Saliva, urine, and imaging tests may also be administered depending on your specific symptoms.
How long does it take to get hormone test results?
You can obtain hormone test results within a few days, typically 2-3 business days. It’s best to discuss these findings with your healthcare provider.
Are there any risks or side effects associated with hormone tests?
For the most part, hormone testing is a routine process with minimal side effects. Please inform the doctor if you’re on blood thinners or have experienced issues with your blood being drawn.
Can lifestyle changes help balance hormones?
Yes. Lifestyle changes are an effective tool to cope with hormonal imbalances and manage their symptoms. Your healthcare practitioner may suggest that you;
- Lose weight
- Eat a balanced diet
- Exercise regularly
- Get enough sleep
- Use stress relief techniques
What should I do if my hormone test results are abnormal?
If your hormone levels lie outside the optimal range, your doctor will advise you on the right treatment plan. Common treatment options include testosterone therapy and estrogen therapy. , hormone replacement medications, hormonal birth control, metformin, and surgery to remove tumors.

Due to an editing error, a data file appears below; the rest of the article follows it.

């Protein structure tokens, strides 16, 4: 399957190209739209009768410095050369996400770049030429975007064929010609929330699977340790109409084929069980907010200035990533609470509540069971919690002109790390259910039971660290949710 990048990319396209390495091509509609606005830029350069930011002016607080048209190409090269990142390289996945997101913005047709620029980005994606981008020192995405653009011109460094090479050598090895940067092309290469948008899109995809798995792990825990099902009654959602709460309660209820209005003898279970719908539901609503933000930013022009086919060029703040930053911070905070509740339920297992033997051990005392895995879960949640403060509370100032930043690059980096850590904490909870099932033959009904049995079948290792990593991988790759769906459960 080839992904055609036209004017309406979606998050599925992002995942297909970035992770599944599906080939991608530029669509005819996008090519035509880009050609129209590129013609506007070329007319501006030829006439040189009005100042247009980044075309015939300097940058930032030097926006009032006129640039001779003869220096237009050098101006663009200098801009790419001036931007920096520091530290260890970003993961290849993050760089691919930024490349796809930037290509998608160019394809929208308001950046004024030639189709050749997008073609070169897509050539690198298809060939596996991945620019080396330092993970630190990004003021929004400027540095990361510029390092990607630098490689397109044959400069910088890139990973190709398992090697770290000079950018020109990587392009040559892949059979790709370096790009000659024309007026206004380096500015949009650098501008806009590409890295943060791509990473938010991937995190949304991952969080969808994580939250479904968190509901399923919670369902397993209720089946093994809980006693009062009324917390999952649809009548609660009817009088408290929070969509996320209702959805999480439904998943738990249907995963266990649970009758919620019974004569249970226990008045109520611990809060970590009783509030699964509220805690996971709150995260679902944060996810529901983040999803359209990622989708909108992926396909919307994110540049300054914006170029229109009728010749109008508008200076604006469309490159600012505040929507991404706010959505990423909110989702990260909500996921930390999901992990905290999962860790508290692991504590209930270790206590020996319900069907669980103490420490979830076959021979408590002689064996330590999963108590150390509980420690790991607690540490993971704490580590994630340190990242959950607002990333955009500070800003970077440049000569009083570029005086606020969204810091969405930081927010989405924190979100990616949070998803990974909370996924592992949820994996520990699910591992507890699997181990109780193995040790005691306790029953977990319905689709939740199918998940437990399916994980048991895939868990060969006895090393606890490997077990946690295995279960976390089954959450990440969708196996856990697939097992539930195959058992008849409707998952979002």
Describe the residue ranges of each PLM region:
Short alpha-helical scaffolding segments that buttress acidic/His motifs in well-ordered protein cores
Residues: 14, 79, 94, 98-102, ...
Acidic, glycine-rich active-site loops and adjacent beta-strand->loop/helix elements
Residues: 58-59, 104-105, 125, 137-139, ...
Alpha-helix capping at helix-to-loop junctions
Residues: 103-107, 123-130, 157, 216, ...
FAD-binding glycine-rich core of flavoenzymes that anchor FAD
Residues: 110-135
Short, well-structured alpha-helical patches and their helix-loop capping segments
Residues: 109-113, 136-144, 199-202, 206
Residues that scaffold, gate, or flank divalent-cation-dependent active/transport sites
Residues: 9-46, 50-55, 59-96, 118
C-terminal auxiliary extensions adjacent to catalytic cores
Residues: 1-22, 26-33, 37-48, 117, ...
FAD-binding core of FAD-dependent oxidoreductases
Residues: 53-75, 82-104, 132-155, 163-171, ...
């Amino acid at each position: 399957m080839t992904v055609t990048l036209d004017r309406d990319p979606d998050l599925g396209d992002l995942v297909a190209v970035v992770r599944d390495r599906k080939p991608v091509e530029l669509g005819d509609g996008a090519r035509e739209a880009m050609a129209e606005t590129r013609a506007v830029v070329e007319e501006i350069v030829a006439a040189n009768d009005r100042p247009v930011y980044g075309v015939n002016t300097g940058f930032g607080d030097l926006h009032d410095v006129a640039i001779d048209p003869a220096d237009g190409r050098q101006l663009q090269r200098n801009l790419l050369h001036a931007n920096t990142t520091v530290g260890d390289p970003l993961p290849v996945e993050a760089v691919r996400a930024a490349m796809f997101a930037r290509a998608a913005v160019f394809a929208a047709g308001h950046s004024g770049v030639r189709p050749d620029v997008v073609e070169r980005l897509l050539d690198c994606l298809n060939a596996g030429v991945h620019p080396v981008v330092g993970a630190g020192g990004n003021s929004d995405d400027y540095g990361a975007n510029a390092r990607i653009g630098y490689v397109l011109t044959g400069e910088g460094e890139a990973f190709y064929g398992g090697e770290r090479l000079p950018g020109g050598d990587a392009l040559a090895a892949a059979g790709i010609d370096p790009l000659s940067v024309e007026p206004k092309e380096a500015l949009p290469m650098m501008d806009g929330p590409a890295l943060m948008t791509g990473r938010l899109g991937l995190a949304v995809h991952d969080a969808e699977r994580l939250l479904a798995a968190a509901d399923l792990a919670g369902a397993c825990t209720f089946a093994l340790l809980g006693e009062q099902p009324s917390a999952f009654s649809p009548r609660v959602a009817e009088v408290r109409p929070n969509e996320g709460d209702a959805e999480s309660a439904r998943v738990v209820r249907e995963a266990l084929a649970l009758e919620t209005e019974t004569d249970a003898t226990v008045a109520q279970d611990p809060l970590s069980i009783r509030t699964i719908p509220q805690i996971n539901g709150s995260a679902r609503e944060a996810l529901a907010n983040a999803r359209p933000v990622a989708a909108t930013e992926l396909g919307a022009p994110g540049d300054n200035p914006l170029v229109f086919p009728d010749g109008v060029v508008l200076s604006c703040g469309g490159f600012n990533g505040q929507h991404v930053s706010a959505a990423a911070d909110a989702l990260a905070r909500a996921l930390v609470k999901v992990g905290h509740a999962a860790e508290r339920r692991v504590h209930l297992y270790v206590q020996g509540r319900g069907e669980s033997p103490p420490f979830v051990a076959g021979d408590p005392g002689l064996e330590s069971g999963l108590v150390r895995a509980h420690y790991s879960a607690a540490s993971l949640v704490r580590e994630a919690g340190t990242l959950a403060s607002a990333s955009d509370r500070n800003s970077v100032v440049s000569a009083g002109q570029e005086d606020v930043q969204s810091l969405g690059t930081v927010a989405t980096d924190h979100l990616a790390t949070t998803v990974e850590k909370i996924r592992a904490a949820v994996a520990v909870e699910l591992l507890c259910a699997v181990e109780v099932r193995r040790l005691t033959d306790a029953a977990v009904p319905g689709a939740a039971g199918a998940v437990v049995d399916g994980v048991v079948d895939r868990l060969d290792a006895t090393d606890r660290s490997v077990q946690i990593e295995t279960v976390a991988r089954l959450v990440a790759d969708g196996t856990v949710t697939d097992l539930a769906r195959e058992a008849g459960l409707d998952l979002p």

Does insurance cover hormone testing?
Not all hormone tests are covered by insurance. Covered hormone tests will vary depending on your insurance provider and policy.
Hormones play an important role in many of your body’s major functions. Therefore, hormonal fluctuations can cause a range of negative effects on your physical, mental, and emotional well-being. If you’re experiencing changes and you suspect that they may be caused by hormonal imbalances it’s time to get hormones checked.
A doctor can help you determine if you have a hormonal imbalance by administering a hormone test. The practitioner will then help you interpret the results and recommend the ideal treatment option depending on your specific condition. This way, you know exactly what is out of order and you can start re-establishing balance to relieve your symptoms.